Pediatric Fulminant Hepatic Failure Workup
- Author: Hisham Nazer, MB, BCh, FRCP, , DTM&H; Chief Editor: Carmen Cuffari, MD more...
A range of laboratory studies is required to determine the etiology, severity, and prognosis in patients with fulminant hepatic failure (FHF). Liver biopsy is usually an essential procedure to consider in the management of FHF.
Liver Function Studies
Hepatic enzyme levels do not correlate well with the severity of the disease; they may be elevated, normal, or even decreased in patients with FHF. Levels are often markedly elevated in patients with metabolic disorders. With progressive necrosis of the liver, hepatic enzyme levels decrease.
Both direct and indirect serum bilirubin levels are usually elevated. Typically, conjugated hyperbilirubinemia is present.
Glucose level is decreased, especially in infants. Hyponatremia (see Serum Sodium), hyperkalemia (see Potassium), respiratory alkalosis, or metabolic acidosis (see Acid-Base Interpretation) may also be present.
Renal Function Studies
Serum creatinine, phosphate, and other levels have been recognized recently as strong predictors of survival and the need for transplantation.
Prothrombin time (PT) is prolonged. However, administration of vitamin K typically has not been found to result in a satisfactory drop in prothrombin time (PT) in patients with FHF.
Tests for Viral Causes
Hepatitis A virus (HAV), hepatitis B virus (HBV; see Hepatitis B Test), hepatitis C virus (HCV; see Hepatitis C Test), hepatitis D virus (HDV), hepatitis E virus and many other viruses other than hepatitis also are recognized causes of FHF in childhood.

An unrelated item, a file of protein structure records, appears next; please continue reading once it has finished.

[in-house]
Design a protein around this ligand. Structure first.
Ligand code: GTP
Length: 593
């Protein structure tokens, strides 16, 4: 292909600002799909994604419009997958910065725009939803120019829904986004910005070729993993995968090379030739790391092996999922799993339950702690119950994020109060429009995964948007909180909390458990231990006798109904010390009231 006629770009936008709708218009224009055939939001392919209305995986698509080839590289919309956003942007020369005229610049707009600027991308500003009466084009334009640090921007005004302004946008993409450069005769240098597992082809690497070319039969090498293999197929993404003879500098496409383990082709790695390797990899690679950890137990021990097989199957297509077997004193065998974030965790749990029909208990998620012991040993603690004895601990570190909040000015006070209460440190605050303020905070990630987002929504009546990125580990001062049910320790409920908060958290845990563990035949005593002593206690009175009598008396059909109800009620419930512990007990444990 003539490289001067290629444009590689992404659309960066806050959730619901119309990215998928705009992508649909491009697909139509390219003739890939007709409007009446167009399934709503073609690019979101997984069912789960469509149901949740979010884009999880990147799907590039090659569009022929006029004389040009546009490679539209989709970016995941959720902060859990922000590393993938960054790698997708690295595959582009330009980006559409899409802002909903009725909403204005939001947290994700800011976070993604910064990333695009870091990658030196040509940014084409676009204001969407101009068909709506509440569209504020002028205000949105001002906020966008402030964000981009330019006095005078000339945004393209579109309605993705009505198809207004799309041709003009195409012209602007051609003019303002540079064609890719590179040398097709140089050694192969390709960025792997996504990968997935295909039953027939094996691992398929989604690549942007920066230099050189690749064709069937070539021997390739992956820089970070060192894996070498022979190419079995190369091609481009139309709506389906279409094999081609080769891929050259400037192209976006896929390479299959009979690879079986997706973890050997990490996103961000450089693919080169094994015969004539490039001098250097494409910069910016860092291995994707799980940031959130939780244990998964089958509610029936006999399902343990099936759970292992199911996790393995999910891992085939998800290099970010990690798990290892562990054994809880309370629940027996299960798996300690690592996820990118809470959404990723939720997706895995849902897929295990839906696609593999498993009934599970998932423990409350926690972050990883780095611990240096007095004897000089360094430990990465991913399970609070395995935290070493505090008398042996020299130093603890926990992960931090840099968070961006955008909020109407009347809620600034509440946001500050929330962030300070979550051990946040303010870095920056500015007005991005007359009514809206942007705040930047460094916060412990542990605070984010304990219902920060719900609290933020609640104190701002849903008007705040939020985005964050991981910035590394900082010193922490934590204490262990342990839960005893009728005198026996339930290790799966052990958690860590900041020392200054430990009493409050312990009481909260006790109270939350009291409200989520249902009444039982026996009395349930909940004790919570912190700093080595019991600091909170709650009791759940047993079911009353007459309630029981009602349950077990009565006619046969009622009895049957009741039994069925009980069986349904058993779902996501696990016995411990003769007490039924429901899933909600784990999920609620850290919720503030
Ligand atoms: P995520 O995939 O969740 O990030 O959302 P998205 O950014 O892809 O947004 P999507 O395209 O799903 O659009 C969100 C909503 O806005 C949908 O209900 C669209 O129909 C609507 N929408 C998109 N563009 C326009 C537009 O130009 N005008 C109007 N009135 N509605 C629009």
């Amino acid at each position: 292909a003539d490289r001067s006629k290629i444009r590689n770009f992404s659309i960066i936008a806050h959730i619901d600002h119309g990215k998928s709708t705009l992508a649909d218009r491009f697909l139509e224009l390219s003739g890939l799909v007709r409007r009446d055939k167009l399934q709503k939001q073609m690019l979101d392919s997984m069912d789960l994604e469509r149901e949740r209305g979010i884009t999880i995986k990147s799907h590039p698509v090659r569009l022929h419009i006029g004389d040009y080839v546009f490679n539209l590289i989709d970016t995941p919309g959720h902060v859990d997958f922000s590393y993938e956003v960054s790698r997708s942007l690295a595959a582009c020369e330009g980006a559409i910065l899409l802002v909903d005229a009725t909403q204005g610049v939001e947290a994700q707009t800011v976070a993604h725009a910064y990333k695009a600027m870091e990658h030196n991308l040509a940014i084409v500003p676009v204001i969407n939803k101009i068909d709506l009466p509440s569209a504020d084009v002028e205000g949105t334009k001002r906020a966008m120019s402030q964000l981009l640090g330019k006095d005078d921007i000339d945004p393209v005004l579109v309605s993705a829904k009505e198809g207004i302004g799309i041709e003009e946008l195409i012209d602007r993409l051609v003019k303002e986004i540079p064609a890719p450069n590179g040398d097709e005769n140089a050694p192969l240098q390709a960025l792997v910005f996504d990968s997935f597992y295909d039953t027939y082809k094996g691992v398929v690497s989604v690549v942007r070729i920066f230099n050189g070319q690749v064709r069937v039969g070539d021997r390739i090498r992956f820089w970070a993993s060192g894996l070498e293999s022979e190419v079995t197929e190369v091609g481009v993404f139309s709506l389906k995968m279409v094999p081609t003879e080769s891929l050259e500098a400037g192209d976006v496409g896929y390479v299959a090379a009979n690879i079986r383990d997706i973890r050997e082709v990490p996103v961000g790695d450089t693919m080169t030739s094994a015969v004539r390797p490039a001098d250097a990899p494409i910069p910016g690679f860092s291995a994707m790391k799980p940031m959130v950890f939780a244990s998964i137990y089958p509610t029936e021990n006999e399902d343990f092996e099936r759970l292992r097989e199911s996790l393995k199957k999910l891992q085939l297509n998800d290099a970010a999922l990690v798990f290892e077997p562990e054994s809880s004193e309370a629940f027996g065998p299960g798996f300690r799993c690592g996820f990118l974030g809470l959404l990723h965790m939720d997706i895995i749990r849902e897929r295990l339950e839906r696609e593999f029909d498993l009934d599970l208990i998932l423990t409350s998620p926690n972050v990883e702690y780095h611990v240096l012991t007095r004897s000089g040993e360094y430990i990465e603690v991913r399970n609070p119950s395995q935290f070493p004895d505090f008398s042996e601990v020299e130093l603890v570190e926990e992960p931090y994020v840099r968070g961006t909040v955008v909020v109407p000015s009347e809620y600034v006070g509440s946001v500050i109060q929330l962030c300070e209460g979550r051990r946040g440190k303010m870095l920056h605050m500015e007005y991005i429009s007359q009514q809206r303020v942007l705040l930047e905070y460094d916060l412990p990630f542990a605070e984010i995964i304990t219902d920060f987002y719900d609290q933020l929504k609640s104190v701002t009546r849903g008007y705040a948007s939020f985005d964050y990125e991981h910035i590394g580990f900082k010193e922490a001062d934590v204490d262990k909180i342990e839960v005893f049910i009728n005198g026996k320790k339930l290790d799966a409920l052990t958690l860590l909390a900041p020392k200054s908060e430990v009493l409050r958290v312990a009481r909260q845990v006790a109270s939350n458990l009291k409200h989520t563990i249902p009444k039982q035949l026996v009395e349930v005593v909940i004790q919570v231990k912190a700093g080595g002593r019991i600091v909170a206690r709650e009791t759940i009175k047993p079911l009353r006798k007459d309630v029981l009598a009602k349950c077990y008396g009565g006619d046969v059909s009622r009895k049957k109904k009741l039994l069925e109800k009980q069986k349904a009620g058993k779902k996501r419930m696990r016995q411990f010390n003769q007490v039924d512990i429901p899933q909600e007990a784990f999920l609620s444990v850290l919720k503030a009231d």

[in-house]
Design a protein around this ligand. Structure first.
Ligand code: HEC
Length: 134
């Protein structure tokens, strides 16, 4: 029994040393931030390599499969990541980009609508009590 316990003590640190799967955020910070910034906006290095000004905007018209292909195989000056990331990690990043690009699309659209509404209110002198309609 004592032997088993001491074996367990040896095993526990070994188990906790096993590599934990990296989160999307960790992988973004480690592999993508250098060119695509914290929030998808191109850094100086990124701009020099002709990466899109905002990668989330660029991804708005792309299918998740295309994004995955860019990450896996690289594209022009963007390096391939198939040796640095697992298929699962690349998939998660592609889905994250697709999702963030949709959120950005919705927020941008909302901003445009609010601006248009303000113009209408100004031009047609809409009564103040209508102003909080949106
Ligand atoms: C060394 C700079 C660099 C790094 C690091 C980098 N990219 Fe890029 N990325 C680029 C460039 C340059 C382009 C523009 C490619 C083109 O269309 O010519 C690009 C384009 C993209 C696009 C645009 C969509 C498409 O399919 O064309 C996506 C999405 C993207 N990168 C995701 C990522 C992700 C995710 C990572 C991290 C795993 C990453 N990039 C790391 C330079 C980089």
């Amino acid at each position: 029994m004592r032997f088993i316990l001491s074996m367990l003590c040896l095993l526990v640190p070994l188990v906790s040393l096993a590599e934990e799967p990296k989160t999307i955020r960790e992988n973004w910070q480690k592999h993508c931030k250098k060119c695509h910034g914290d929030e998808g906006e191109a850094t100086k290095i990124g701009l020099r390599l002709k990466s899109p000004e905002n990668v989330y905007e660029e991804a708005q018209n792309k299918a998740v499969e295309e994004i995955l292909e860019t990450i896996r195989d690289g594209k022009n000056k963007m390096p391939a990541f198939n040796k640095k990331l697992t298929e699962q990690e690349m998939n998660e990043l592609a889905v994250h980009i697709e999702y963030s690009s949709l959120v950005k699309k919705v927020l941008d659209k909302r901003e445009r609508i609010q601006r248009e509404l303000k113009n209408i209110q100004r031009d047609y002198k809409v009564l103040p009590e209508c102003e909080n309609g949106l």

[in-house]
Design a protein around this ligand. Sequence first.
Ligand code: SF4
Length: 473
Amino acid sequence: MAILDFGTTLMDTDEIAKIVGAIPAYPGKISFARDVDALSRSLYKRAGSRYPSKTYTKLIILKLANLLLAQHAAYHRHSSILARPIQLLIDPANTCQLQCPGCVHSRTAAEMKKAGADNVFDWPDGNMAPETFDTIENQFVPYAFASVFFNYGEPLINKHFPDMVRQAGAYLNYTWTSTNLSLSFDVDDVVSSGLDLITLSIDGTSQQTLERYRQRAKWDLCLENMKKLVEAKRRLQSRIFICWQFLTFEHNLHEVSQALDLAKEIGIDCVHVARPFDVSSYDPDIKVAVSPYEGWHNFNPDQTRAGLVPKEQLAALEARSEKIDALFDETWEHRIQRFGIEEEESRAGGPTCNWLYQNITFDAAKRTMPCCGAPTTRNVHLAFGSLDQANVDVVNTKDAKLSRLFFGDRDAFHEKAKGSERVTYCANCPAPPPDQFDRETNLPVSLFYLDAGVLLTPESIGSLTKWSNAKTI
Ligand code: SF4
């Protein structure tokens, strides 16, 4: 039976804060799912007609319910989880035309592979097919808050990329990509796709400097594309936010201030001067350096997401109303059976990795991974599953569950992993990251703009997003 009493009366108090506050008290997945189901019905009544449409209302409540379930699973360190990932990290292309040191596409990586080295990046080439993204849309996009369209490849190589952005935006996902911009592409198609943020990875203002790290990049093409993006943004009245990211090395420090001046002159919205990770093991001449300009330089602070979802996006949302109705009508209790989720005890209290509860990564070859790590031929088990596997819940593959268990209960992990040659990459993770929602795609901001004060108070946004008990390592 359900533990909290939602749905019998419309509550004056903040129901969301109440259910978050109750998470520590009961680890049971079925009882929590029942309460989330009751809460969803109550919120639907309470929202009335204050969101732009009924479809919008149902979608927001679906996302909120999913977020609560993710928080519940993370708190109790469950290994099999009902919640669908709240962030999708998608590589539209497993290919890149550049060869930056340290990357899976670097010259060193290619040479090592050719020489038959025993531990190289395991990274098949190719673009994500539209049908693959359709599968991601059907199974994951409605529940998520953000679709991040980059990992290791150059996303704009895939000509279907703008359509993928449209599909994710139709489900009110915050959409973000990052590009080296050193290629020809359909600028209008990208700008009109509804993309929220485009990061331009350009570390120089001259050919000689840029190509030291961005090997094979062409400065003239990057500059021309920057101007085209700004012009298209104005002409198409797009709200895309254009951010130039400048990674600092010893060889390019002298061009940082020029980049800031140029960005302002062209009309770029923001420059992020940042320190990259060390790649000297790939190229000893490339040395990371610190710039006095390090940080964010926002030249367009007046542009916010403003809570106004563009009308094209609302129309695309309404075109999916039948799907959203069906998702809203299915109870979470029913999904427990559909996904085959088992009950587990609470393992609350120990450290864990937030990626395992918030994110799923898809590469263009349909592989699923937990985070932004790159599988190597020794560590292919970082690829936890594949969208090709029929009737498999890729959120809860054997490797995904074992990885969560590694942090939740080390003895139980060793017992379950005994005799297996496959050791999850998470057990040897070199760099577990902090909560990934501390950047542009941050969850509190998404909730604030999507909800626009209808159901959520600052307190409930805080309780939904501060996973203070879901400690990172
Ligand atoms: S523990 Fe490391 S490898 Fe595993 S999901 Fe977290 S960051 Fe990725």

HBV is the most common cause of FHF in endemic areas. Presence of immunoglobulin M (IgM) antibody to HBV core antigen (IgM anti-HBcAg) in serum supports the diagnosis of acute HBV infection.
HAV infection is a recognized cause of FHF in individuals of all ages. Diagnosis of HAV infection is made by the presence of anti-HAV IgM in the patient’s serum. HCV infection is diagnosed with detection of anti-HCV antibody or HCV RNA in the serum. HDV is diagnosed by the presence of anti-HDV RNA in the serum.
Other causative viruses include Epstein-Barr virus, cytomegalovirus (CMV), herpesviruses, and adenoviruses.
Liver biopsy may contribute to the working diagnosis and subsequent therapy. However, samples should be examined with caution because results correlate poorly with prognosis. In view of the presence of coagulopathy, weigh the risk of liver biopsy against its contribution to diagnosis and management.
Two types of histology have been recognized in patients with FHF. The first type is usually observed in cases that stem from drug reactions or viral hepatitis. This type is characterized by extensive necrosis of the peripheral hepatocytes, with little or no regeneration. Hepatocyte necrosis with microvascular fat accumulation may be observed, especially in patients with FHF secondary to inborn errors of metabolism.
The second type of histology, observed in valproate toxicity, Reye syndrome, and other metabolic liver disease, is characterized by microvesicular steatosis and centrilobular necrosis.
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